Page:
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Water Fuel This forum is for discussion on any water fuel topic dealing with electrolysis, Stanley Meyer, hho, Brown's Gas, Puharich, etc...

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Old 01-15-2009, 05:45 PM
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Marcoz Marcoz is offline
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HHO Heater

Hi Guy's

I have made a new design HHO heater.
I wanted to get rid of the explosive gas transport so in this model the hydrogen is burned as soon as it is being created.
This heats up the water surrounding the explosion chamber, and pumps it through the radiator.
Pherhaps it can also be used to get the water to boil and use the steam to drive a small turbine to generate additional electricity.
I am going to build this soon, but i want to ask if there is anybody that sees anything that i could improve before welding the things together?

Thanks

Marcoz
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Last edited by Marcoz : 01-15-2009 at 06:20 PM.
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Old 01-15-2009, 05:58 PM
braden braden is offline
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hho heater

Marcoz
Could you give more details regarding the explosive chamber design?
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Old 01-15-2009, 06:09 PM
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Marcoz Marcoz is offline
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Hi braden

The explosion chamber is like one half of a gas tank which collects the gas under water and at the top is a spark plug which ignites the gas.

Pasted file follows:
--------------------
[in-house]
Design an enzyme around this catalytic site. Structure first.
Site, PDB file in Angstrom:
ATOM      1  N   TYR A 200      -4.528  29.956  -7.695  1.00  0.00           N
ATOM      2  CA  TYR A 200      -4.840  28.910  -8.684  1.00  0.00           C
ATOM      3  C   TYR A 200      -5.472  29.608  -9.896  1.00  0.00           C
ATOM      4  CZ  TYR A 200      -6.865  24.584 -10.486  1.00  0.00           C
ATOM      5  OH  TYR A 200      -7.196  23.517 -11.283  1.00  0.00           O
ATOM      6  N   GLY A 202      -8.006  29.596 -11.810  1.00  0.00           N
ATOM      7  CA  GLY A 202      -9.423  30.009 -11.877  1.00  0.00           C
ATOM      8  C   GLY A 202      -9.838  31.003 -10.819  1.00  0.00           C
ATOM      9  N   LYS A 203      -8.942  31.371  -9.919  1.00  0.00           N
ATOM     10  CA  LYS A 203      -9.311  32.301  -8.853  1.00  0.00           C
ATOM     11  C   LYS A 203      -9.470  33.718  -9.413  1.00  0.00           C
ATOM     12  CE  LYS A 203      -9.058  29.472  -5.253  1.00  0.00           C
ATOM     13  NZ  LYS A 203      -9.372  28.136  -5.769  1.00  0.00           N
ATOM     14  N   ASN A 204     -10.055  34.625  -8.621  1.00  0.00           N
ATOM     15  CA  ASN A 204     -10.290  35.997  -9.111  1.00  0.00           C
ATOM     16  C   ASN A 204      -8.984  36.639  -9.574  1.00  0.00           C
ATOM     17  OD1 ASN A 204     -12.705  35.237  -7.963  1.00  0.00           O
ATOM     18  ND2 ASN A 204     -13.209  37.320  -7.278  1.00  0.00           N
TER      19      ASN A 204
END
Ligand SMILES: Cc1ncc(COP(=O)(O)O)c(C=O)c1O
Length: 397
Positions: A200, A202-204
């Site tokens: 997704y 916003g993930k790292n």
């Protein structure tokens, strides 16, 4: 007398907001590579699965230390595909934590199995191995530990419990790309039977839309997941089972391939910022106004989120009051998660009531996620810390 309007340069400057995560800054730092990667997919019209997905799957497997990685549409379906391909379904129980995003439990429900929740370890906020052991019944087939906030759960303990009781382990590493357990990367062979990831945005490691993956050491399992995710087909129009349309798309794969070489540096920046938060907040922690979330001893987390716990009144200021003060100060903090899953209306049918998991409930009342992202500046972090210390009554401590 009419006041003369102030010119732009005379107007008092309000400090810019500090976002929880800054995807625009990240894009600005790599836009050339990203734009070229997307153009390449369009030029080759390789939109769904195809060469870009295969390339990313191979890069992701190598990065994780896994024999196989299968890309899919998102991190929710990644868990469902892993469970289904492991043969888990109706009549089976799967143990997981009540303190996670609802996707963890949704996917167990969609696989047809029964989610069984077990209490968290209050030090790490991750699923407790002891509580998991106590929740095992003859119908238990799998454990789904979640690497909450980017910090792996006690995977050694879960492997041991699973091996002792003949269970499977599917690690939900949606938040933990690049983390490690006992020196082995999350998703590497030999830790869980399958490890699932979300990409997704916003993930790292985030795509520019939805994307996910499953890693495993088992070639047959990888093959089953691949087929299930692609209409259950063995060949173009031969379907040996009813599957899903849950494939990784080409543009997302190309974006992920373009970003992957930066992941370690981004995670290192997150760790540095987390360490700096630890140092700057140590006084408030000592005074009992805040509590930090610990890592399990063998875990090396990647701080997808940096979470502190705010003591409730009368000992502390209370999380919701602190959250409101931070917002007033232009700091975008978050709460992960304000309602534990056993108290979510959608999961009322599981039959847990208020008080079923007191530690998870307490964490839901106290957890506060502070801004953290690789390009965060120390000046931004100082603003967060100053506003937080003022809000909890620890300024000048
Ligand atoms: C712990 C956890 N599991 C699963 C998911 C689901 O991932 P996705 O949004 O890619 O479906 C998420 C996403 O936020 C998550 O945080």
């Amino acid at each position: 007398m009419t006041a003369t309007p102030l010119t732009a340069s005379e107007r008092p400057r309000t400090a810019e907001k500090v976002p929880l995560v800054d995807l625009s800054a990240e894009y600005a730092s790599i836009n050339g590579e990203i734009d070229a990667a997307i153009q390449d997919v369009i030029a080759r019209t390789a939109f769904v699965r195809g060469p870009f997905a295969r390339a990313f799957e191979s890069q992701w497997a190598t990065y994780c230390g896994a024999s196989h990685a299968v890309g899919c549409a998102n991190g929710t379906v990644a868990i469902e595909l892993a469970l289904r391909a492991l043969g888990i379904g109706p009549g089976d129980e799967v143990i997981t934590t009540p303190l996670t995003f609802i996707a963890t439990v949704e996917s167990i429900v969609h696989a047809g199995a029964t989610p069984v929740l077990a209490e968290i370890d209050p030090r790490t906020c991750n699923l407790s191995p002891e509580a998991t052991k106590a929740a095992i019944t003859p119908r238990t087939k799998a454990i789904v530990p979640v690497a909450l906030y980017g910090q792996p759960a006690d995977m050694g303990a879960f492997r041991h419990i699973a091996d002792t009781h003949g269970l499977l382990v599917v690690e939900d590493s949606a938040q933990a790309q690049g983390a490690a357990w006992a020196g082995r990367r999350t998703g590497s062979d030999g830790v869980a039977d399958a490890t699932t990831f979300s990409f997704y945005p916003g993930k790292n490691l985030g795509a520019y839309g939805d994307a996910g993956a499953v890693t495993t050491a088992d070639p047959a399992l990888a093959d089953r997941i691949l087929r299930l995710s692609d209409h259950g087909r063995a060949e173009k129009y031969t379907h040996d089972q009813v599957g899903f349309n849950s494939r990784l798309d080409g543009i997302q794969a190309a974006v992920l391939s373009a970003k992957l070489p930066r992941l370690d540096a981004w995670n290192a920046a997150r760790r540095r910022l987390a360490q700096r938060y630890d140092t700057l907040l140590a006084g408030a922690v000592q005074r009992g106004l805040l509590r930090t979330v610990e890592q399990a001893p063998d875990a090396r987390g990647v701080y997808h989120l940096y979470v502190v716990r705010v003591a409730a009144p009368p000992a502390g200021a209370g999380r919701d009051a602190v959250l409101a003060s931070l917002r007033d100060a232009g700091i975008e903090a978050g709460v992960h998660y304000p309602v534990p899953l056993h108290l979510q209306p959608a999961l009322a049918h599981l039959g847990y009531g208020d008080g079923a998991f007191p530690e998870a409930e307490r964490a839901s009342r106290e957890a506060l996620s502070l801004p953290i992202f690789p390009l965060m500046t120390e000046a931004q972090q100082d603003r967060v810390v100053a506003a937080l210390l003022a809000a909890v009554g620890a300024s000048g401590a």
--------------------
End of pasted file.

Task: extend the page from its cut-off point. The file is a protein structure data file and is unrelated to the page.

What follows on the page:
Basicly the explosions are underwater.
These explosions create huge hydralic pressure while heating the water.
The pressure pushes the hot water through the radiator.

Here is a close up you can see the chamber inside the watertank.

Marco.
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Last edited by Marcoz : 01-15-2009 at 06:40 PM.
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Old 01-15-2009, 06:45 PM
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wpage wpage is offline
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interesting concept

That is a cool design...
-How will you cycle and spark the plug for ignition.
-Will you use AC or DC for your HHO plate generations.
-Is there going to be a thermostat to control temps?
Good luck with your plans
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Old 01-15-2009, 07:04 PM
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Marcoz Marcoz is offline
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Quote:
Originally Posted by wpage View Post
That is a cool design...
Thanks i have more special designs but this is the one i want to try first.

Quote:
Originally Posted by wpage View Post
-How will you cycle and spark the plug for ignition.
I'm thinking to use a sensor that detects when the water is gone.
Much like they use like leakage sensors in bathrooms.
Whenever the sensor senses dryness it means there is gas in the chamber and then it fires the spark.
By moving the sensor up or down the strength of the blast can be controlled.

Quote:
Originally Posted by wpage View Post
-Will you use AC or DC for your HHO plate generations.
High voltage DC pulses, with a specific frequency.
My goal is to use insulated plates.

Quote:
Originally Posted by wpage View Post
-Is there going to be a thermostat to control temps?
Good luck with your plans
There has to be alot of control circuit.
In case the ignition fails the gas production will continue so i have to make something that drains the system rapidly when things go wrong.